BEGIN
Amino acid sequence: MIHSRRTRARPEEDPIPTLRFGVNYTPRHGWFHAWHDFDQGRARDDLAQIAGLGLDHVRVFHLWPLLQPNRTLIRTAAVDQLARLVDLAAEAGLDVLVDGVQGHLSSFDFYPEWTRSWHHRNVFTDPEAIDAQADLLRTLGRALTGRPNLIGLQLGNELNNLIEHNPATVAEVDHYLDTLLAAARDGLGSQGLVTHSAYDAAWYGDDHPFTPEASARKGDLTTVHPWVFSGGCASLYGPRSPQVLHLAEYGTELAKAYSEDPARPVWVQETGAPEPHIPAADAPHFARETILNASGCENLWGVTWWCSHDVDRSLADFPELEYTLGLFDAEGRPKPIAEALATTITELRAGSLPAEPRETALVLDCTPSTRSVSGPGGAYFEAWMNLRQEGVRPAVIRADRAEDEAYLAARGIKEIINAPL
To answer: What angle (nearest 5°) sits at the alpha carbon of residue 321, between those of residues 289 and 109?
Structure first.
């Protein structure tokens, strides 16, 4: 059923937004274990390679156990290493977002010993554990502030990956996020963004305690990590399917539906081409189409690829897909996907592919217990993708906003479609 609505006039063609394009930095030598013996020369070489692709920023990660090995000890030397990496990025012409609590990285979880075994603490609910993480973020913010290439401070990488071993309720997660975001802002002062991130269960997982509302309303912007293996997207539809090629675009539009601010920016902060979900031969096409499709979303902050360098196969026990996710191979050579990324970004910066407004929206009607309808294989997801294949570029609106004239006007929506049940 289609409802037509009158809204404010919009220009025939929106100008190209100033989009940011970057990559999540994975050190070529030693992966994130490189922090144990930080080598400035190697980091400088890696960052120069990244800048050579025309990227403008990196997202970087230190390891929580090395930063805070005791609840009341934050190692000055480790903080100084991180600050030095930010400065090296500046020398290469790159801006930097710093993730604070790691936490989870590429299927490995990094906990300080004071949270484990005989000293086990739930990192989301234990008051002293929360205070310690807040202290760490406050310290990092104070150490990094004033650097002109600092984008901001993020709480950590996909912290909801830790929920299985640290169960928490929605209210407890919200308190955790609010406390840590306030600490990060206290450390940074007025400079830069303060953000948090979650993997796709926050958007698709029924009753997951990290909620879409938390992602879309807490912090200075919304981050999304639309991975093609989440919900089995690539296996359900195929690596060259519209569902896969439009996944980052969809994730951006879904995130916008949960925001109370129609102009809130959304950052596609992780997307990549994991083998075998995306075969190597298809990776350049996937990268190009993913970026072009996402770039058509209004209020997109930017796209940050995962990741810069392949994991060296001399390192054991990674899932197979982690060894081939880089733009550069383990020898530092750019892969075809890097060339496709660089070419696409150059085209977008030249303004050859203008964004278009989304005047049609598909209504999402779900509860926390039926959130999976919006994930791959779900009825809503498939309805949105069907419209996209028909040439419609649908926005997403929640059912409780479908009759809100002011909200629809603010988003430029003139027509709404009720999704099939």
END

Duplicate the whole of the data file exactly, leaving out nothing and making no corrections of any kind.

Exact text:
Amino acid sequence: MIHSRRTRARPEEDPIPTLRFGVNYTPRHGWFHAWHDFDQGRARDDLAQIAGLGLDHVRVFHLWPLLQPNRTLIRTAAVDQLARLVDLAAEAGLDVLVDGVQGHLSSFDFYPEWTRSWHHRNVFTDPEAIDAQADLLRTLGRALTGRPNLIGLQLGNELNNLIEHNPATVAEVDHYLDTLLAAARDGLGSQGLVTHSAYDAAWYGDDHPFTPEASARKGDLTTVHPWVFSGGCASLYGPRSPQVLHLAEYGTELAKAYSEDPARPVWVQETGAPEPHIPAADAPHFARETILNASGCENLWGVTWWCSHDVDRSLADFPELEYTLGLFDAEGRPKPIAEALATTITELRAGSLPAEPRETALVLDCTPSTRSVSGPGGAYFEAWMNLRQEGVRPAVIRADRAEDEAYLAARGIKEIINAPL
To answer: What angle (nearest 5°) sits at the alpha carbon of residue 321, between those of residues 289 and 109?
Structure first.
């Protein structure tokens, strides 16, 4: 059923937004274990390679156990290493977002010993554990502030990956996020963004305690990590399917539906081409189409690829897909996907592919217990993708906003479609 609505006039063609394009930095030598013996020369070489692709920023990660090995000890030397990496990025012409609590990285979880075994603490609910993480973020913010290439401070990488071993309720997660975001802002002062991130269960997982509302309303912007293996997207539809090629675009539009601010920016902060979900031969096409499709979303902050360098196969026990996710191979050579990324970004910066407004929206009607309808294989997801294949570029609106004239006007929506049940 289609409802037509009158809204404010919009220009025939929106100008190209100033989009940011970057990559999540994975050190070529030693992966994130490189922090144990930080080598400035190697980091400088890696960052120069990244800048050579025309990227403008990196997202970087230190390891929580090395930063805070005791609840009341934050190692000055480790903080100084991180600050030095930010400065090296500046020398290469790159801006930097710093993730604070790691936490989870590429299927490995990094906990300080004071949270484990005989000293086990739930990192989301234990008051002293929360205070310690807040202290760490406050310290990092104070150490990094004033650097002109600092984008901001993020709480950590996909912290909801830790929920299985640290169960928490929605209210407890919200308190955790609010406390840590306030600490990060206290450390940074007025400079830069303060953000948090979650993997796709926050958007698709029924009753997951990290909620879409938390992602879309807490912090200075919304981050999304639309991975093609989440919900089995690539296996359900195929690596060259519209569902896969439009996944980052969809994730951006879904995130916008949960925001109370129609102009809130959304950052596609992780997307990549994991083998075998995306075969190597298809990776350049996937990268190009993913970026072009996402770039058509209004209020997109930017796209940050995962990741810069392949994991060296001399390192054991990674899932197979982690060894081939880089733009550069383990020898530092750019892969075809890097060339496709660089070419696409150059085209977008030249303004050859203008964004278009989304005047049609598909209504999402779900509860926390039926959130999976919006994930791959779900009825809503498939309805949105069907419209996209028909040439419609649908926005997403929640059912409780479908009759809100002011909200629809603010988003430029003139027509709404009720999704099939």